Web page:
At a national level the Office of the Future Generations Commissioner has carried out early analyses of the long-term issues facing Wales. To date, over 1300 people have shared their views and advice via SenseMaker, workshops and face-to-face conversations. From this, future climate impacts has been identified as one of the four priority areas that should be integrated into the seven well-being goals. Yet interestingly, community disengagement was also highlighted as an emerging priority that warrants more attention. Moreover, appointed PSB members have actioned localised work on engaging with their communities to assist the development of the well-being assessments. Methods of data collection in the majority of cases have been qualitative in nature and have ranged from forums and meetings to online surveys and stalls to publicise and take account for what matters most to individuals in their local community.

But are these softer processes of public engagement alone able to deliver the step change and type of truly collaborative governance required for the Act to be a success in tackling climate change? We are concerned that they are not, since one-off public engagement exercises do little to address the range of barriers citizens face day-to-day to mitigating and adapting to climate change, to garner support for climate policy, or to overcome deep-seated political disenfranchisement and distrust that limits public participation in policy debates. These concerns also extend to whether the initial engagement process has been diverse enough to reach all within society, and not just the select few who usually partake – often those who are environmentally conscious do so anyway. Different methodological techniques have been explored beyond conventional qualitative methods like focus groups and interviews. One such method is the ‘qualiquantological’ Q methodology approach to engage more stakeholders in deeper deliberation over climate risks and policies. With our ongoing research examining how climate adaptation is being governed for across Wales through PSBs, we aimed to promote and showcase how citizen-centred engagement could be improved, whilst simultaneously exploring individual perceptions of climate change risks and adaptation responses. This process included a sorting exercise of statements on climate change, and aligning them along a scale of agreement/disagreement into a forced distribution table, before later analysing the data.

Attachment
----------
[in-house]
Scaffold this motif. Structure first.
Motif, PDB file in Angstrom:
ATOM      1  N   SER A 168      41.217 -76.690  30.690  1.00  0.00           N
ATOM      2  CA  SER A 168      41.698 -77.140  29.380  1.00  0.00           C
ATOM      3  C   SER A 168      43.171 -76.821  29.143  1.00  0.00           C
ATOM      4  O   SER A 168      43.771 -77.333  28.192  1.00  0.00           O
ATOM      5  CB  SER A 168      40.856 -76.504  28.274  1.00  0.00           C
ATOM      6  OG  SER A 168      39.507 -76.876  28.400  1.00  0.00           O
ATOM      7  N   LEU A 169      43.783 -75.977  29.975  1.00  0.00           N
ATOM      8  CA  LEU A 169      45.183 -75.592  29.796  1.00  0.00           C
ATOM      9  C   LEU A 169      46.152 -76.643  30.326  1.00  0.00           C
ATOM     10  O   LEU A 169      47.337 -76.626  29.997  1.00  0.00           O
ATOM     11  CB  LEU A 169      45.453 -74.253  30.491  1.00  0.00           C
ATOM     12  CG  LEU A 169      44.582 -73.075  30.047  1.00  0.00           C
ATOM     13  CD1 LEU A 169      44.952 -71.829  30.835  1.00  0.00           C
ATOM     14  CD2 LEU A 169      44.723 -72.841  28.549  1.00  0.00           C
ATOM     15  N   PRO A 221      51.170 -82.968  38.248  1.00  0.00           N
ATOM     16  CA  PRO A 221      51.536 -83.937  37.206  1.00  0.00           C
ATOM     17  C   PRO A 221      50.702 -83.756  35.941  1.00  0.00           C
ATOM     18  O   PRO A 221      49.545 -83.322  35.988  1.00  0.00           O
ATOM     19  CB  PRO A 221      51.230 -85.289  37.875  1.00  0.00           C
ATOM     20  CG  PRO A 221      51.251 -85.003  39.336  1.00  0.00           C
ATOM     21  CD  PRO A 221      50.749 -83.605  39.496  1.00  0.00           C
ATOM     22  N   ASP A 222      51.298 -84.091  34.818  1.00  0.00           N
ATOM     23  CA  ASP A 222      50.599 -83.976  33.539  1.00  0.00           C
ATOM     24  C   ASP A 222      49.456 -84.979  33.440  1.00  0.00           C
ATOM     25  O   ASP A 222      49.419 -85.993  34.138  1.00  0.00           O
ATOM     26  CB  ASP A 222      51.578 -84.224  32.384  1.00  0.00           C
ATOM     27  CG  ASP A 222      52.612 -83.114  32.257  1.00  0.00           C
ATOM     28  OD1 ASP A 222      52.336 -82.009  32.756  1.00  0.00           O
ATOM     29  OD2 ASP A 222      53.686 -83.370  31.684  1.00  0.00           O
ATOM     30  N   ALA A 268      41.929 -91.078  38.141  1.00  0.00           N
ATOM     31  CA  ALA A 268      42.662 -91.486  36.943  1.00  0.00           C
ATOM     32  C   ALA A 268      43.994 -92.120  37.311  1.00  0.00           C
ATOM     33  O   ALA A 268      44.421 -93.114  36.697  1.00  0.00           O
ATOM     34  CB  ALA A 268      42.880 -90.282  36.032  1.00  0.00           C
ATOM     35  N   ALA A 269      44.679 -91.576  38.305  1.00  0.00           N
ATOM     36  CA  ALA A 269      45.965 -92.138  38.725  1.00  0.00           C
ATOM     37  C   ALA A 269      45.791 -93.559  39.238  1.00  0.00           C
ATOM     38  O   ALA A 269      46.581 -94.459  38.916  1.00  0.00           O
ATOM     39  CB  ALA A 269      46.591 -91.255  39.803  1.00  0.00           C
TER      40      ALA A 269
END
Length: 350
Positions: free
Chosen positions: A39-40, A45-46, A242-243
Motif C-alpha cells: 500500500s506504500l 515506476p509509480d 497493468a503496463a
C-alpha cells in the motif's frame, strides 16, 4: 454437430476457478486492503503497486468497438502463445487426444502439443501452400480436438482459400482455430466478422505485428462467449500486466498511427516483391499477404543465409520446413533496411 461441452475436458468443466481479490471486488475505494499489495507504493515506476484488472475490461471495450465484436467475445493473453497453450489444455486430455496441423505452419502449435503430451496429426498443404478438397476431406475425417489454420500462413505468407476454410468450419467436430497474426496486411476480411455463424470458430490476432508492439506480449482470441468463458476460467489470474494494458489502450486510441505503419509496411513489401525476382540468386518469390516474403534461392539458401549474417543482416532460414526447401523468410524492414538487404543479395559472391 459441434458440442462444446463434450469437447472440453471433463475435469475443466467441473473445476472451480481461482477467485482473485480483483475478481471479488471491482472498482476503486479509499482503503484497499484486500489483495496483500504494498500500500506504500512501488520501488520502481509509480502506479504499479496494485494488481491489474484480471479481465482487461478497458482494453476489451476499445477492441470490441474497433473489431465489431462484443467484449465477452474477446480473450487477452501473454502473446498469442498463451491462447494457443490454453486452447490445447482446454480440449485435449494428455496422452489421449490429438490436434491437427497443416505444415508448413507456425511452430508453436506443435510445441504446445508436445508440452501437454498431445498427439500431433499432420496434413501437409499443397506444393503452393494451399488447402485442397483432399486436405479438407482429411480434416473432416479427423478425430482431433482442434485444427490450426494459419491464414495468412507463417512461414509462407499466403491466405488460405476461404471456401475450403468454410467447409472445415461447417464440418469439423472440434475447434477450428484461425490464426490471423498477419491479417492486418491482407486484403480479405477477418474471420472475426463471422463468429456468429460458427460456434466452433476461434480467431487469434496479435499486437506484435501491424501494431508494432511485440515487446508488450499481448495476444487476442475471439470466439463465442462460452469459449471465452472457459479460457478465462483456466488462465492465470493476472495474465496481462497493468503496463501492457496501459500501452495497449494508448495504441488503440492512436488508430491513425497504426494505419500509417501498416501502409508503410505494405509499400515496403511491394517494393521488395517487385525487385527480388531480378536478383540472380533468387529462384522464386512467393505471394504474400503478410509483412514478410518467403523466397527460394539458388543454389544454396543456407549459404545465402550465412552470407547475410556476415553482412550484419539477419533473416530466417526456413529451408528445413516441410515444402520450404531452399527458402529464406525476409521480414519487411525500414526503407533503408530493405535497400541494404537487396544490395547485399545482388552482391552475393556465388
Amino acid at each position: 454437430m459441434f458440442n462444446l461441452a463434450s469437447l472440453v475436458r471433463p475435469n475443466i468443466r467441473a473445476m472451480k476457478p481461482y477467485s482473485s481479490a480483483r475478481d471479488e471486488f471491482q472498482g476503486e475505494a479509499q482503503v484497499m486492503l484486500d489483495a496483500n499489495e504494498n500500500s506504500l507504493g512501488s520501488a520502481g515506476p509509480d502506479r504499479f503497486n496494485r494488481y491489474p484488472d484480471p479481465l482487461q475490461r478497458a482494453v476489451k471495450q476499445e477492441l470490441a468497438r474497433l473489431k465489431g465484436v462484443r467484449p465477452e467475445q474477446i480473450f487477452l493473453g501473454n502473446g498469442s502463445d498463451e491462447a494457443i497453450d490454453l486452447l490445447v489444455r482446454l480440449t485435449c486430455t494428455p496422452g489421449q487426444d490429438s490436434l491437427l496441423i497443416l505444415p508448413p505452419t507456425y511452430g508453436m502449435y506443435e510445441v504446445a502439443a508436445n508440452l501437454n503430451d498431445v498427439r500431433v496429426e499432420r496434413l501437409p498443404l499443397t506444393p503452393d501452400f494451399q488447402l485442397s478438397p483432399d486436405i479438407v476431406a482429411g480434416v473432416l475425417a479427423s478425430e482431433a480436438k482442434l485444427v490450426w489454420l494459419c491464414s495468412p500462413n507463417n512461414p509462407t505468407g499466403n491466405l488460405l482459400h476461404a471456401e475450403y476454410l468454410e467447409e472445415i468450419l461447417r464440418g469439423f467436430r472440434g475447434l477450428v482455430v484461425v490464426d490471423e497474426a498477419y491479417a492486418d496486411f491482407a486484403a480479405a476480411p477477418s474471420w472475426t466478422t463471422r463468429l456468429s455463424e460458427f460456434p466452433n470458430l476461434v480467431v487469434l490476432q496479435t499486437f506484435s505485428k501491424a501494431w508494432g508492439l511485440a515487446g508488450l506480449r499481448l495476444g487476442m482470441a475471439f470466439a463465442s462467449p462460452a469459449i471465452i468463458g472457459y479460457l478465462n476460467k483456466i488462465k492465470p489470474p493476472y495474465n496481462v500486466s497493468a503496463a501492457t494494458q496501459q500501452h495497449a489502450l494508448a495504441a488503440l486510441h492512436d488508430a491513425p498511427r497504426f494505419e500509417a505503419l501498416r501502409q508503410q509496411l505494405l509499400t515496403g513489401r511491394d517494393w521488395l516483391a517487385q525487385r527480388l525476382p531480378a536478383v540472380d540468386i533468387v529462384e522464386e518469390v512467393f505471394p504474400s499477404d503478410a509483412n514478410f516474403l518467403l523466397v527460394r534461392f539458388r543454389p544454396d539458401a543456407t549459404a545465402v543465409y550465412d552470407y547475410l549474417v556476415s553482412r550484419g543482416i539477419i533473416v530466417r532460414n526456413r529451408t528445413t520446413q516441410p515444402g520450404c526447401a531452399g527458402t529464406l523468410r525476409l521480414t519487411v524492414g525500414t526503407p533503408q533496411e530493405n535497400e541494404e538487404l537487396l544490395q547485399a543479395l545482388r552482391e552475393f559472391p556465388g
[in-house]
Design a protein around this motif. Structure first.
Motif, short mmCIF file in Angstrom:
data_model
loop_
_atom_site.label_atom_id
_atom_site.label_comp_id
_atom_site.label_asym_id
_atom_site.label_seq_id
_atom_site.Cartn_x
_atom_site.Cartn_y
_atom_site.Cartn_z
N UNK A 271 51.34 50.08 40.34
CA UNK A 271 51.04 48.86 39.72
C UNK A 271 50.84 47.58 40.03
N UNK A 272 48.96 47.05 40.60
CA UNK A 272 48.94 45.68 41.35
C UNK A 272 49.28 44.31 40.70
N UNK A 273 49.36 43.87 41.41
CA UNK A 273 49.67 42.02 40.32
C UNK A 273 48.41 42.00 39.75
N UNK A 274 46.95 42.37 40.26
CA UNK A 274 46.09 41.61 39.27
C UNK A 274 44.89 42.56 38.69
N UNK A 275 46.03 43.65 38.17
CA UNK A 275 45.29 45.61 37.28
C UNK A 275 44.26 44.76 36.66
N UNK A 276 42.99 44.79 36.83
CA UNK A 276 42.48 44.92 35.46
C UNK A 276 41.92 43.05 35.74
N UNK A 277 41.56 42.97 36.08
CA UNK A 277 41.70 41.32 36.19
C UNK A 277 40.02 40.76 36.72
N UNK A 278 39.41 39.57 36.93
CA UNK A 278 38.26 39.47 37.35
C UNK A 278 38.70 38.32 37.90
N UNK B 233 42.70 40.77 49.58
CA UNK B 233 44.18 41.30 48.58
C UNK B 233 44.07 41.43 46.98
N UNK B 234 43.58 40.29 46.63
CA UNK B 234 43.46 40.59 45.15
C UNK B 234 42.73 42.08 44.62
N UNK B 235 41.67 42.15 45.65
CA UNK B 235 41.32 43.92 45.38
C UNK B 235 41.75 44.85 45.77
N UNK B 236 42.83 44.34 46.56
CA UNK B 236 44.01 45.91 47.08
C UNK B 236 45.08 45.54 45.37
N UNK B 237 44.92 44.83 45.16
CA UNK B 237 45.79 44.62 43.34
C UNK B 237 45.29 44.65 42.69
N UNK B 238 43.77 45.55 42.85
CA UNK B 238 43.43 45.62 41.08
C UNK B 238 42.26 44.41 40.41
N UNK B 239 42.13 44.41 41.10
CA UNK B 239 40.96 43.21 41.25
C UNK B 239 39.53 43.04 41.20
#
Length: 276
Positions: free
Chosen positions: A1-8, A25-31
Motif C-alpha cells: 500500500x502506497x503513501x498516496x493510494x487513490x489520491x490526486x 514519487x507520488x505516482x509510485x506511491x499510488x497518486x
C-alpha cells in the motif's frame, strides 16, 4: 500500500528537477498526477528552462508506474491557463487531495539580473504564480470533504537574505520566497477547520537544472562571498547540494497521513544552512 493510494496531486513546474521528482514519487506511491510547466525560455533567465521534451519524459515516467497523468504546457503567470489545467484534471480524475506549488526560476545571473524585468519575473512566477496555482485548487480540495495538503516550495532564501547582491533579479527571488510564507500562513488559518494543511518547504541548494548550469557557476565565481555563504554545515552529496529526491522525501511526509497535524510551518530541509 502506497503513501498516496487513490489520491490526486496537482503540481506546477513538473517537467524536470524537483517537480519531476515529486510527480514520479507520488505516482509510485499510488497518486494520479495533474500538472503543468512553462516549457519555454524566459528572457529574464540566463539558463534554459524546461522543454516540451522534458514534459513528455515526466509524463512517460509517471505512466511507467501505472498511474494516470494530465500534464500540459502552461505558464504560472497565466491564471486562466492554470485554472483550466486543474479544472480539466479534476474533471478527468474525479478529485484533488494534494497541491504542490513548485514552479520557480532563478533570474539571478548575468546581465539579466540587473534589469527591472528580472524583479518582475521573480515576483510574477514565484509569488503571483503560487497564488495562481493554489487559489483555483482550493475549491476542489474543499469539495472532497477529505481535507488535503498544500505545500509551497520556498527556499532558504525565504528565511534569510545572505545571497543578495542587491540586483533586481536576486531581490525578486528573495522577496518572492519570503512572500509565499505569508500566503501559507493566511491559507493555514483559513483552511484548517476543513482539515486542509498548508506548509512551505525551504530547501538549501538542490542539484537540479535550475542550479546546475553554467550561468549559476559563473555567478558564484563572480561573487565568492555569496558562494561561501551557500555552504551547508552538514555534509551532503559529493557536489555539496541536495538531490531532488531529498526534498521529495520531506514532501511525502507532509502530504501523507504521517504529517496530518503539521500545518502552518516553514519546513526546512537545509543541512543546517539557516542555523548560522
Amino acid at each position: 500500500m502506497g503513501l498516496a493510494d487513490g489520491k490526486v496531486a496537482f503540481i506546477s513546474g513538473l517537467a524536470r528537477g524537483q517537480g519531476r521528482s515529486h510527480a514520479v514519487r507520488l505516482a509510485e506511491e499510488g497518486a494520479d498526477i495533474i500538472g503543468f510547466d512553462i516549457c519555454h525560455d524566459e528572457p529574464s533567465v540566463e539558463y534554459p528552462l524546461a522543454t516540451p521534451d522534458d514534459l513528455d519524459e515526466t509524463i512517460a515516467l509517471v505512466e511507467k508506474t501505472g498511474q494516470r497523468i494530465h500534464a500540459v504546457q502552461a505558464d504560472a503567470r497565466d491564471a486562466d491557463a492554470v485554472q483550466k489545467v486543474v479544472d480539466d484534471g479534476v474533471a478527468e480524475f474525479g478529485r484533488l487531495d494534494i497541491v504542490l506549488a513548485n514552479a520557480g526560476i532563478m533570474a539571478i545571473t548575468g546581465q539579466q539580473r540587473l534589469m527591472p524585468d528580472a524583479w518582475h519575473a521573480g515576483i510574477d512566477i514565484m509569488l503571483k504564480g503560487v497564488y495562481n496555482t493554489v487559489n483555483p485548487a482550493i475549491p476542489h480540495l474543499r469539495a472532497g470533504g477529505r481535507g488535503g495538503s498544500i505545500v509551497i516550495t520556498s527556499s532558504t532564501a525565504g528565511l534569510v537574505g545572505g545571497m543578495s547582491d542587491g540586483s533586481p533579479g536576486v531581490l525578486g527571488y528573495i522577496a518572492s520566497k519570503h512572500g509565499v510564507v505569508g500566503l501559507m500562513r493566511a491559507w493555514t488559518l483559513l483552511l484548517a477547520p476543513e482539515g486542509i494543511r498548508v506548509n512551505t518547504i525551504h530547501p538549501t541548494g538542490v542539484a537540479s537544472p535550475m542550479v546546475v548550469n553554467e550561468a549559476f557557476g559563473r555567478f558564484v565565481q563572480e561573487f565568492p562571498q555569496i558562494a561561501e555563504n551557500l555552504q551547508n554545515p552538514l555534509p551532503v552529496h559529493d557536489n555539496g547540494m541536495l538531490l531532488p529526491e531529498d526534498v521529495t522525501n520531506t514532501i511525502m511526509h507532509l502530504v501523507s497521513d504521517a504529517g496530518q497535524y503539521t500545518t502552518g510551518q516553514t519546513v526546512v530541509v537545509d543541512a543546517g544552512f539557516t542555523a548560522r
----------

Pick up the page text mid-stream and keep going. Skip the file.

Initial results have shown that community councillors (those political actors who are deemed most close to the citizen electorate) see public awareness concerning the WFGA as limited. This was also highlighted by one of our recent interviewees: